Livelihood and skill training, in con­junction with entrepreneurship and digital marketing, can transform the rural economy through rural produc­tion for all-India (even global) markets, while creating rural employment.

Dreams of rural IT outsourcing centres


may well become a reality.

What is now different is the synergy that is possible through various initiatives. The JAM triad is one exam­ple: a combination of financial inclusion (through the Jan Dhan Yojana), Aadhaar and the mobile opens up vast possibilities for a host of applications ranging from direct benefit transfer (payment of subsidies or pensions/schol- arships directly into the beneficiaries’ bank accounts) to money transfer. Similarly, there is a synergy between the proposed broadband network and the skills mission, with the former being the means for taking skills training to millions. With the scale of the Digital India effort, there is obviously going to be a huge market for digital hardware, and this goes with the Make in India mission.

All these possibilities will, however, remain mere pos­sibilities if critical steps are not taken. The first and fore­most is a mechanism to get the various arms of government to work in unison and with a sense of urgency. Realistically, this cannot happen unless there is a strong leadership and the ability to enforce decisions. In the Indian context, this means the involvement of the prime minister. A mis­sion council, chaired by the PM, which meets once a quar­ter is essential. In the past, such a body was ineffective, but with a PM who is very committed to driving this for­ward, one can hope that it can provide the leadership and push that is essential. Similarly, there is a need for a body to involve and coordinate with the states. This could well be chaired by the communications and IT minister, on the model of the Central Advisory Board of Education.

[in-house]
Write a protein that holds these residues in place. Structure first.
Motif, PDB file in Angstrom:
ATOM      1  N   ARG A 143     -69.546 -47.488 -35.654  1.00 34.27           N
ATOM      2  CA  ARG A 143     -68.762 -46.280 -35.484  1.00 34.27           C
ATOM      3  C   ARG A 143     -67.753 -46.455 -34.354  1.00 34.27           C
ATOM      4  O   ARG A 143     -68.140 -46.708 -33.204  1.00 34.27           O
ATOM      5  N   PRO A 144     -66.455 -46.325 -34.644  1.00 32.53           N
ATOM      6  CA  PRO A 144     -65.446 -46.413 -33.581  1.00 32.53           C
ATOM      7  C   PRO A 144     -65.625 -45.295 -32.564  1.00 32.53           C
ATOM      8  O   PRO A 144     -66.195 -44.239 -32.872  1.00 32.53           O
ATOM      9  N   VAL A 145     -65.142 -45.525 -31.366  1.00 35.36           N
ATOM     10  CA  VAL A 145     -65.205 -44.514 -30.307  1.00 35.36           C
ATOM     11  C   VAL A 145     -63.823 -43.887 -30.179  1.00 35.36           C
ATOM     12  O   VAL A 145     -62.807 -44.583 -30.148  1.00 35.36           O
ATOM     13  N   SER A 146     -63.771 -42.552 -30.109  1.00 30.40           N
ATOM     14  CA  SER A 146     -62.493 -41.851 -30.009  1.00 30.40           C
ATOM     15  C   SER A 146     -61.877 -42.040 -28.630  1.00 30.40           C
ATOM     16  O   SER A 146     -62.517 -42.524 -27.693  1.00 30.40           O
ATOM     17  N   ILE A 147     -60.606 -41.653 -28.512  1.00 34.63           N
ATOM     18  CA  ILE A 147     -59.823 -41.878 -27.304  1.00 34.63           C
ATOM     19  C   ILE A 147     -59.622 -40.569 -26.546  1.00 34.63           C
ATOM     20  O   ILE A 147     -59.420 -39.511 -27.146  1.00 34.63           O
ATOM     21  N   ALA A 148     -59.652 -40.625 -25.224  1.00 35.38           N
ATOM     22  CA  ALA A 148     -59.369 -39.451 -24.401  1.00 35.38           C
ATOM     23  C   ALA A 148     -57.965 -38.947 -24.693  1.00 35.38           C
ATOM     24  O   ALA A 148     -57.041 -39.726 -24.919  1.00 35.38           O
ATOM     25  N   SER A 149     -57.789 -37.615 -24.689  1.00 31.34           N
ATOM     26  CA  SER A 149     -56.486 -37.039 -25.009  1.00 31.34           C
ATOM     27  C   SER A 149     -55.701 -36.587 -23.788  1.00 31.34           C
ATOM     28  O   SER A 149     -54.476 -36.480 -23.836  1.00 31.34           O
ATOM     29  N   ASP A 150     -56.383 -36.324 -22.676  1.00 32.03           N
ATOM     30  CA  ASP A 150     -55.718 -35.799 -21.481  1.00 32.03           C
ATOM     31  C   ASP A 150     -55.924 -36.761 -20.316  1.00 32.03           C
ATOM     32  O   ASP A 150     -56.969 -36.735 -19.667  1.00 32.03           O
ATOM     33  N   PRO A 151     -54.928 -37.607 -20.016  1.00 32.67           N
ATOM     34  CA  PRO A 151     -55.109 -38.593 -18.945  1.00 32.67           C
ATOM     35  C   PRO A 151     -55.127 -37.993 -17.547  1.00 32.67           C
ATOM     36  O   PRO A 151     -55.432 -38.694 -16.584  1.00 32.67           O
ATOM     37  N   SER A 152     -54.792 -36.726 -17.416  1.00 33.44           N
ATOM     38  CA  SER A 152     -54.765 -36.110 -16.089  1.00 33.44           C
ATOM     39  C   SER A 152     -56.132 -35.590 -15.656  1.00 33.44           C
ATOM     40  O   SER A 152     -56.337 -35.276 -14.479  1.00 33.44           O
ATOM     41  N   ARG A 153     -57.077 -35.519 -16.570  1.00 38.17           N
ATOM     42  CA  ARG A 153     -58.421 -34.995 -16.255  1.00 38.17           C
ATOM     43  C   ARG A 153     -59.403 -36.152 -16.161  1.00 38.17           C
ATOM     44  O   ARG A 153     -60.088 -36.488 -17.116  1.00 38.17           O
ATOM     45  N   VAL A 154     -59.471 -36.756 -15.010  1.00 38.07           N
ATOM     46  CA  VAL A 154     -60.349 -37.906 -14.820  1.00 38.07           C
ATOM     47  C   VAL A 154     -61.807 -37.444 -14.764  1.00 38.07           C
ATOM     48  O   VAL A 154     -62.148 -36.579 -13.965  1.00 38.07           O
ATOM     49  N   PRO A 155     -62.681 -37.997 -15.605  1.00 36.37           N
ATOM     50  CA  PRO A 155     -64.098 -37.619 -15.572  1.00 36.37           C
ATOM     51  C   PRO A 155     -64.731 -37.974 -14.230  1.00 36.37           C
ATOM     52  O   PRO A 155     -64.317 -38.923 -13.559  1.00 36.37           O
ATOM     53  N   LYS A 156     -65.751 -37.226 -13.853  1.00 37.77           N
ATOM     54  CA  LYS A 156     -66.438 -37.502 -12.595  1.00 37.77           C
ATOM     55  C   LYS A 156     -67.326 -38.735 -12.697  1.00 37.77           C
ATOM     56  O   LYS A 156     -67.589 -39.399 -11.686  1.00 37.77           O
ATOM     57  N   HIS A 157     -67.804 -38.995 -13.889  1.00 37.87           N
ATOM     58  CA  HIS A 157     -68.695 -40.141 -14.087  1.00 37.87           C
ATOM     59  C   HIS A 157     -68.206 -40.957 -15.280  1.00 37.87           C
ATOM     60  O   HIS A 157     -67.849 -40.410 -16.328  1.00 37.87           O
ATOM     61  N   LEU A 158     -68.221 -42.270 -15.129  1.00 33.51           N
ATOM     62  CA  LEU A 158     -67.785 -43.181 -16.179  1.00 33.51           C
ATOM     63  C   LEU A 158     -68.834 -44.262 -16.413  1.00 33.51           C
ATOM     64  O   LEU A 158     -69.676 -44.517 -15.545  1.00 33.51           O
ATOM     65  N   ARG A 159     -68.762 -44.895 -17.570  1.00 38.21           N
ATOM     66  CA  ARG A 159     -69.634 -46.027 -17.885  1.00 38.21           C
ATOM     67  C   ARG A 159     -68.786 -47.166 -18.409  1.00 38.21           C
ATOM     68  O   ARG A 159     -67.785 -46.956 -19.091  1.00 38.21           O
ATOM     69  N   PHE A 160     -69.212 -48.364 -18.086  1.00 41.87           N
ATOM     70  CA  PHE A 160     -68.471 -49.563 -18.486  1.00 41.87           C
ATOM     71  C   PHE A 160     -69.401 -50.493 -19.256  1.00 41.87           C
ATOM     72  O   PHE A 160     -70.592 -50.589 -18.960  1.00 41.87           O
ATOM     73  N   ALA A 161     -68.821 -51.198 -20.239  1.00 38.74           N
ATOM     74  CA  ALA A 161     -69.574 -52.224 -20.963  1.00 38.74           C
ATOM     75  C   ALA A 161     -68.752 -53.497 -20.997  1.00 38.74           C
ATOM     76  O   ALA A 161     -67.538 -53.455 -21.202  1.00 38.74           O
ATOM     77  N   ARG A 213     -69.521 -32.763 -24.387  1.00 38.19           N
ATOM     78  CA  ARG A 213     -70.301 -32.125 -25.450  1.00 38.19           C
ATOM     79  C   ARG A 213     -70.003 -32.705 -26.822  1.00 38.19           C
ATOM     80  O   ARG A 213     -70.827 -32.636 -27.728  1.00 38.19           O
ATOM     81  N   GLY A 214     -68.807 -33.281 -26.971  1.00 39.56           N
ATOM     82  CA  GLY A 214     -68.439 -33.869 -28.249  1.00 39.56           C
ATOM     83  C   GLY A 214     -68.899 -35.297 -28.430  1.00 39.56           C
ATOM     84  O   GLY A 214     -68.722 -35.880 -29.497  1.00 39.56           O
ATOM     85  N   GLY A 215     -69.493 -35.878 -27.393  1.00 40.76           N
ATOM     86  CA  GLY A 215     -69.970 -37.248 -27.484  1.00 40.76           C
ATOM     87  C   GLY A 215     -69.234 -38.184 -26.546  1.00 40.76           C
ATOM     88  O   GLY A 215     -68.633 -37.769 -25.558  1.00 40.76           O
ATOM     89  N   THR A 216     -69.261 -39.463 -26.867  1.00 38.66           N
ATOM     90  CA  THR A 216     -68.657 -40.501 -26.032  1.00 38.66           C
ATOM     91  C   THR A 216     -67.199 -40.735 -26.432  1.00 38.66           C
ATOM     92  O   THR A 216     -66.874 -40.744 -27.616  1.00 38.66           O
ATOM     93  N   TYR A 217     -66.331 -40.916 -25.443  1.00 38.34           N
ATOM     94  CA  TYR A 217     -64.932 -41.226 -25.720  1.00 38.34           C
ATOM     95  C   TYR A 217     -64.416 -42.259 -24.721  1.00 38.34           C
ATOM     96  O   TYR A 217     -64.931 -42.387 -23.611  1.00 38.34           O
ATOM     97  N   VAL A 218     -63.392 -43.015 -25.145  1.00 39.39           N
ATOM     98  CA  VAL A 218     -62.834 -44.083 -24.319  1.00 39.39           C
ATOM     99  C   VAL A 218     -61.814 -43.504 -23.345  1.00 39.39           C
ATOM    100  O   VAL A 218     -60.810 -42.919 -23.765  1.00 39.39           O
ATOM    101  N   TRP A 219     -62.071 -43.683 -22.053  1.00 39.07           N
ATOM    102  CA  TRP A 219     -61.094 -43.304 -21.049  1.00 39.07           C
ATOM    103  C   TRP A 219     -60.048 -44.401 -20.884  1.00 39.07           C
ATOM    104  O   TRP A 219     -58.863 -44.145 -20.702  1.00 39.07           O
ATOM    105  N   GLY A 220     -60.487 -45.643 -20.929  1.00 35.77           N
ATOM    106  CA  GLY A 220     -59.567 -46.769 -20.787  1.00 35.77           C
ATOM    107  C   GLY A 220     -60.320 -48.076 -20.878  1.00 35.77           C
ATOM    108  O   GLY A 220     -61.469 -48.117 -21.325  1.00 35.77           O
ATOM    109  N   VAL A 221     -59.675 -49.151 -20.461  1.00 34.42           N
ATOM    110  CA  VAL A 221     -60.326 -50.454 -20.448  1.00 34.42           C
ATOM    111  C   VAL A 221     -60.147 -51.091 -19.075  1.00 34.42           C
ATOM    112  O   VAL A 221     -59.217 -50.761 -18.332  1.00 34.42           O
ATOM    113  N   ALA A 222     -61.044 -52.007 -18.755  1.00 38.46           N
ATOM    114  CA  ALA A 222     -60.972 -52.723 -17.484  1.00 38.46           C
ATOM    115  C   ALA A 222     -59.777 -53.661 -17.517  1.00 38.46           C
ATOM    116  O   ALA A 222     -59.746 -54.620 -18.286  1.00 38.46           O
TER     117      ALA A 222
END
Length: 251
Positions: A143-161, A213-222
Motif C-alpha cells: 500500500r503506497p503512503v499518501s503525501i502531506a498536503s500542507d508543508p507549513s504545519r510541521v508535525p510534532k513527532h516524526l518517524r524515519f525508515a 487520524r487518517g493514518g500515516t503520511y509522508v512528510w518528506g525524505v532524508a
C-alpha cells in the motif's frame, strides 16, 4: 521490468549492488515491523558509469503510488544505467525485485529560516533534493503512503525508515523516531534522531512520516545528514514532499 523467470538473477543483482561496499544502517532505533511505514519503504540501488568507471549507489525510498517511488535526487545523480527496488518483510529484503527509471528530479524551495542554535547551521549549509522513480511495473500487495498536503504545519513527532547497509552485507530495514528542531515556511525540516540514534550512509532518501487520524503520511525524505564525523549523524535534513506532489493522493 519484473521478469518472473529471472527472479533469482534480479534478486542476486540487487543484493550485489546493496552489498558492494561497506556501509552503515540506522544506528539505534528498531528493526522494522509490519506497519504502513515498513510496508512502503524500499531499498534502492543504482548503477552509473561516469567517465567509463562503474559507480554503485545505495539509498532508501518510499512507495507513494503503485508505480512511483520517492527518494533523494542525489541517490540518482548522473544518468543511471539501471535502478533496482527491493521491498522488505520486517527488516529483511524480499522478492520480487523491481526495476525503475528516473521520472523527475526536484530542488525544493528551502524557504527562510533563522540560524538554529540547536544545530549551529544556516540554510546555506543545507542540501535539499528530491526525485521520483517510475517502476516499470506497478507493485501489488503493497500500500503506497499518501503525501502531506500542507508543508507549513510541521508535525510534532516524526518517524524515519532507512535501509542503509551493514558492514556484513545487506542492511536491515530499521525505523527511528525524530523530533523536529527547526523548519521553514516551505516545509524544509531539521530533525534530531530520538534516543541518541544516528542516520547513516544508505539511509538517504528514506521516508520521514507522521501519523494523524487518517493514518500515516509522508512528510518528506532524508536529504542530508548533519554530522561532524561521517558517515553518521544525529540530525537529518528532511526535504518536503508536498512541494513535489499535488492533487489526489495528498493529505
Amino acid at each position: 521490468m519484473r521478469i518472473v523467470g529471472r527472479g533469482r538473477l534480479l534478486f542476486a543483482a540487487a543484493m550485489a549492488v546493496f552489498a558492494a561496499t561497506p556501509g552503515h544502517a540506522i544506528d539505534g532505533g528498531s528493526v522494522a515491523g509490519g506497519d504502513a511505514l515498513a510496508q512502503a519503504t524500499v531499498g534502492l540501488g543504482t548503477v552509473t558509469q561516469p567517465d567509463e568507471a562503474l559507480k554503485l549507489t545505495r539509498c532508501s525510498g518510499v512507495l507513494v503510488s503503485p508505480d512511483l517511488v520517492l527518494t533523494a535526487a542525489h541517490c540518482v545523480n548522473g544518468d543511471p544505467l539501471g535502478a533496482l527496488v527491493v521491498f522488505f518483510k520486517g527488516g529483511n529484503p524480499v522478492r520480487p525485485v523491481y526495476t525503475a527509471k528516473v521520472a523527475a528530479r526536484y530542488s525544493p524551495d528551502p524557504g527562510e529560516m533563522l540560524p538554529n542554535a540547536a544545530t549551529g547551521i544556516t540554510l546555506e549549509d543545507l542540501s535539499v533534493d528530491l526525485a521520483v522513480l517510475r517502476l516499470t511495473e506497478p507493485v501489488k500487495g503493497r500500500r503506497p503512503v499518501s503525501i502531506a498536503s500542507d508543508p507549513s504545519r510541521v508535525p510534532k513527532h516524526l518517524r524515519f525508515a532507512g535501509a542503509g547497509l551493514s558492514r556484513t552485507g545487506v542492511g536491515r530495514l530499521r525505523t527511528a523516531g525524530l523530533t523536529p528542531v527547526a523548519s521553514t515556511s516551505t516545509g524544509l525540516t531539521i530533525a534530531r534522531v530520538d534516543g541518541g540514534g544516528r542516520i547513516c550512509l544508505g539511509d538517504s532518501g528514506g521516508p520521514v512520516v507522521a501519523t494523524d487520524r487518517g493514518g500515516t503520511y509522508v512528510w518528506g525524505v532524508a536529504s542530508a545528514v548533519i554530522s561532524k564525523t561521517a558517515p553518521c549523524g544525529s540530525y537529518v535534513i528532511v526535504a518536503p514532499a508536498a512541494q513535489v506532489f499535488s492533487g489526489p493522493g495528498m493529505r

Indian industry has great capability in this field. A contractor relationship between it and the government will not be able to fully tap into the rich talent and man­agerial capacity of the private sector. Since public-private partnership is no longer a fashionable model, new terms of engagement will have to be crafted. As part of tapping into talent, it is essential to bring in some outside talent (professionals). There are generally serious integration issues with this and such people are effective only when they are independent, eminent in their field and, most importantly, per­ceived to have backing from the top. Aadhaar is a good example of utilising outside talent and integrating it within the government to deliver successfully.